Documenting history as well as my experiences with repairing and restoring vintage guitars.

Home Top Ad

Regal Trademark Application #51,372 Filed Aug 7, 1905 by Lyon and Healy In use since 1895 by Wulschner & Son Regal Musical Instrument Co...

Regal Musical Instrument Company - Chicago, Illinois

Regal Trademark Application #51,372
Filed Aug 7, 1905 by Lyon and Healy
In use since 1895 by Wulschner & Son

Regal Musical Instrument Company

Regal as a brand name actually existed in two separate incarnations. One in Indianapolis, Indiana, and another in Chicago, Illinois. The former being known as the Regal Manufacturing Company. I will be focusing exclusively on Regal after it had ceased to exist in Indiana and was revived out of Lyon and Healy. For probably the best resource on all Regal instruments, I would highly recommend the book "Regal Musical Instruments: 1895-1955" by Bob Carlin. It's worth every penny.

"Manufacturing and Wholesale Industries of Chicago Vol. 2"  by Josiah Seymour Currey was published in 1918 and contained summaries of some of Chicago's manufacturing firms. This contemporary source begins the documented story of the Regal Musical Instrument Company.

Founded in 1908 by Frank Kordick and Anton Nelson, they purchased the "minor stringed instrument department of the great musical instrument manufactory of Lyon & Healy". Lyon and Healy already had at least three decades of experience in instrument manufacture with their award winning Washburn line of instruments as well as their large production of budget guitars such as the Lakeside and Jupiter lines. Lyon and Healy had evidently lost interest in this area of business and had returned their focus on building pianos, harps, and other "fine products" [1]. The first two years of business remained on Lyon & Healy's premises until the firm had grown enough to finance construction of a building of their own [4] 

1911 Advertisement [3]

Frank Kordick

Frank Kordick was born in Meuern in Bohemia on February 3rd, 1872 and immigrated to Chicago in 1880. Kordick attended public school until he was 14 and then he served a two year apprenticeship with the Joseph Bohmann Musical Instrument Company. By 1888 he was working for Lyon & Healy and was in charge of "contract work" with fifteen men under his supervision. Frank worked at Lyon and Healy for twenty years and at his peak was in charge of four different departments. He married Alma Smith in 1897 and had a daughter, Helen, born in 1899 [1]. Frank died on November 19th, 1940 at the age of 68 [2].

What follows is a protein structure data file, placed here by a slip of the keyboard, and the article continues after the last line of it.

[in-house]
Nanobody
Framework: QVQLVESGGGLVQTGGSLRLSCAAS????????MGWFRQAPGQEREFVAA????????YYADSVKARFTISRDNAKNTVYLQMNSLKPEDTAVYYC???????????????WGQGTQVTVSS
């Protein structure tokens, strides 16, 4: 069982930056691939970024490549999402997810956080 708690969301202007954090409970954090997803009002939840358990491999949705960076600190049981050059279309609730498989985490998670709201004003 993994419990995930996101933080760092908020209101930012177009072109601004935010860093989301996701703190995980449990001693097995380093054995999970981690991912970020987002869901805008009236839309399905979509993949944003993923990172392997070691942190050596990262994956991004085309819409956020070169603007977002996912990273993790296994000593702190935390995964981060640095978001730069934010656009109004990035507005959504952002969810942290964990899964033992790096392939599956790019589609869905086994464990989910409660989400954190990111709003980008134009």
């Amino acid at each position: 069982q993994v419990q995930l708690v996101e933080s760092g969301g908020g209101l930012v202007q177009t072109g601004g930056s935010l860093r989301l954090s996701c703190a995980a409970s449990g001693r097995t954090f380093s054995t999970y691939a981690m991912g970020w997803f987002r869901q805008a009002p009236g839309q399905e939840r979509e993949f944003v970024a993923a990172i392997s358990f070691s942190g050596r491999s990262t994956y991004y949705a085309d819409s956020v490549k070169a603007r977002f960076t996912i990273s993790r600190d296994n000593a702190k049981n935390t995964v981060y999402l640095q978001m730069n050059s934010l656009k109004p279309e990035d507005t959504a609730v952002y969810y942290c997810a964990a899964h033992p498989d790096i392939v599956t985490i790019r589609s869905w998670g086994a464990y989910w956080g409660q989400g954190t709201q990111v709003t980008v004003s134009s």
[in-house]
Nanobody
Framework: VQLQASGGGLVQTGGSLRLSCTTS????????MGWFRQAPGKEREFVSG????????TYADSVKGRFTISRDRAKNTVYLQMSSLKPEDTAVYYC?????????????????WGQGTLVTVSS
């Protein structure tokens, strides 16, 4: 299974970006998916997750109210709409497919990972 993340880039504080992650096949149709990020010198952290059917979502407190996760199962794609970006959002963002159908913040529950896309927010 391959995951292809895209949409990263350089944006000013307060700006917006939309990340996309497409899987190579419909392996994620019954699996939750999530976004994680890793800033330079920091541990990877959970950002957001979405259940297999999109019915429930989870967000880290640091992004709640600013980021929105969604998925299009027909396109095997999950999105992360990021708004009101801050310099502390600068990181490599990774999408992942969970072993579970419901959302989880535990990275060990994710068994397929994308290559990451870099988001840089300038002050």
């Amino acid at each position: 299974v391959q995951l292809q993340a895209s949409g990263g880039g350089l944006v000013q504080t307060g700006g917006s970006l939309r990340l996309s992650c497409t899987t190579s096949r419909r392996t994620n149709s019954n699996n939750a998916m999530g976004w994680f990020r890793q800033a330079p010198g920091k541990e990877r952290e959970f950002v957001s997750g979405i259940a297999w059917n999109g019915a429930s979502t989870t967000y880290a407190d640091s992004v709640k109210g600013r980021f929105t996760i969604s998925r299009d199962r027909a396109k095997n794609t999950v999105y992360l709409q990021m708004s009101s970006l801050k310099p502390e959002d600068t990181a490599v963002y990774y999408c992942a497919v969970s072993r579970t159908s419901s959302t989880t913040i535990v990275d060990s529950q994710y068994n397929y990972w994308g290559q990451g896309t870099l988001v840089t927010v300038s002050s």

Regal Trademark Application #269,001
Filed July 2, 1928


  • 1908 - Regal is incorporated out of Lyon and Healy by Frank Kordick and Anton Nelson
    • They were located on Lyon and Healy's premises at Randolph St and Ogden Avenue [8]
      • The original building was at 1438-40 Bryan Place and is no longer standing
      • The space was shared with the Wilson & Jacobs Drum Mfg Co [4]
    • They employed twenty-five of the 'most skilled and expert' instrument makers at Lyon and Healy
    • Their first year 'aggregated' $40,000 in sales [1]
  • 1911-2
    • Regal purchases a 50x152 plot of land from Charles F. Wolf located on Grand Avenue about 64 feet north west of Kedzie Avenue [9]
    • Construction immediately began on a four-story structure, initially built to two stories, and would have 20,000 square feet of office and manufacturing space [1]
Regal Musical Instrument Co factory at 3215 W Grand Avenue (present-day)
The original painted logo is still visible on the brick
  • 1916
    • Regal aggregated $150,000 in sales and employed one hundred men
    • Plans began for the completion of the two additional stories on the factory [1]
  • 1918
    • Ernest Schlemm, a night watchman, was found dead at the Regal factory by another watchman. No cause of death was made public [11].
  • 1926
    • Regal debuts a fingerboard-mounted tuner for the ukulele [14]
Ad for the Regal Ukulele Tuner
Image Credit: Music Trade Review
  • 1928
    • An orange and blank calendar for the 1928 year is distributed by Regal. It features a 'New Year cherub' in a hat playing a Regal guitar with a dog [13]
  • 1929
    • A large billboard is erected at the intersection of Kedzie and Grand sporting the slogan "The Richest Child is Poor Without a Musical Training" [10]
  • 1947
    • Regal begins advertising in the Chicago Tribune classifieds looking for workers [12]
  • 1954
    • Regal's operations cease in February [5]
    • The Harmony Company purchases their trademarks but does not purchase their tooling or, reportedly, their materials [6]
    • The auction began Friday, March 12 at 11am
1954 newspaper ad for the Regal factory auction
Image Credit:

The Harmony Years (1954-)

Article in "The School Musician" Vol. 25 1954
Image Credit:

The Harmony Musical Instrument Company purchased the rights to Regal's trademarks and began using the Regal name on instruments sold exclusively through Fender. 

Regal-branded guitars covered the entire spectrum of the Harmony lineup from the cheap birch parlors to the esteemed Sovereign line. Not much needs to be said about the low end Regals as they are pretty much identical to the Harmony models. The high end Regal instruments are delightful though. They have stylistic differences like the headstock, truss rod, pickguard, and bridge shapes and they used ebonized wood instead of rosewood to save on cost. But they are constructed identically to their Harmony counterparts and make great instruments.

Harmony used a different model number system for the Regal instruments but the date codes are identical to Harmony

Image of 1966 Regal catalog removed after threat of legal action by, 
claiming to be the owner of the copyright for this Regal guitar catalog


[7] "Regal Musical Instruments: 1895-1955" (2011) by Bob Carlin

No comments: